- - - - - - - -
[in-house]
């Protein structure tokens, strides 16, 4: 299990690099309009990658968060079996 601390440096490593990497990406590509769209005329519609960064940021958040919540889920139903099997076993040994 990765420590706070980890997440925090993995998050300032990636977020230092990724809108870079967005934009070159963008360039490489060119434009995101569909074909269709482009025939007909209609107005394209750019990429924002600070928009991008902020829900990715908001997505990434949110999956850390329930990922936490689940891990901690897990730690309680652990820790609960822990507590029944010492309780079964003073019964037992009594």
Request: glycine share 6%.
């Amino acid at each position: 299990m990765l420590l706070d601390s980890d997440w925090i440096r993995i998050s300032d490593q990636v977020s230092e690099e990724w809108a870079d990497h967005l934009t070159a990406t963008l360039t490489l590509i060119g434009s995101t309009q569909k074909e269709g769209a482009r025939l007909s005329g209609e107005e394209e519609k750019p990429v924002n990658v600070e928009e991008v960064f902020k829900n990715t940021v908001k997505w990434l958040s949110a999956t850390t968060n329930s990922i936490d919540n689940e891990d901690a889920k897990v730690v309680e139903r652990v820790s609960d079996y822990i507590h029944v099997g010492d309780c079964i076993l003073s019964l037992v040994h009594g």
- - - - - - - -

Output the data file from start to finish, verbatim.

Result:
[in-house]
């Protein structure tokens, strides 16, 4: 299990690099309009990658968060079996 601390440096490593990497990406590509769209005329519609960064940021958040919540889920139903099997076993040994 990765420590706070980890997440925090993995998050300032990636977020230092990724809108870079967005934009070159963008360039490489060119434009995101569909074909269709482009025939007909209609107005394209750019990429924002600070928009991008902020829900990715908001997505990434949110999956850390329930990922936490689940891990901690897990730690309680652990820790609960822990507590029944010492309780079964003073019964037992009594």
Request: glycine share 6%.
């Amino acid at each position: 299990m990765l420590l706070d601390s980890d997440w925090i440096r993995i998050s300032d490593q990636v977020s230092e690099e990724w809108a870079d990497h967005l934009t070159a990406t963008l360039t490489l590509i060119g434009s995101t309009q569909k074909e269709g769209a482009r025939l007909s005329g209609e107005e394209e519609k750019p990429v924002n990658v600070e928009e991008v960064f902020k829900n990715t940021v908001k997505w990434l958040s949110a999956t850390t968060n329930s990922i936490d919540n689940e891990d901690a889920k897990v730690v309680e139903r652990v820790s609960d079996y822990i507590h029944v099997g010492d309780c079964i076993l003073s019964l037992v040994h009594g």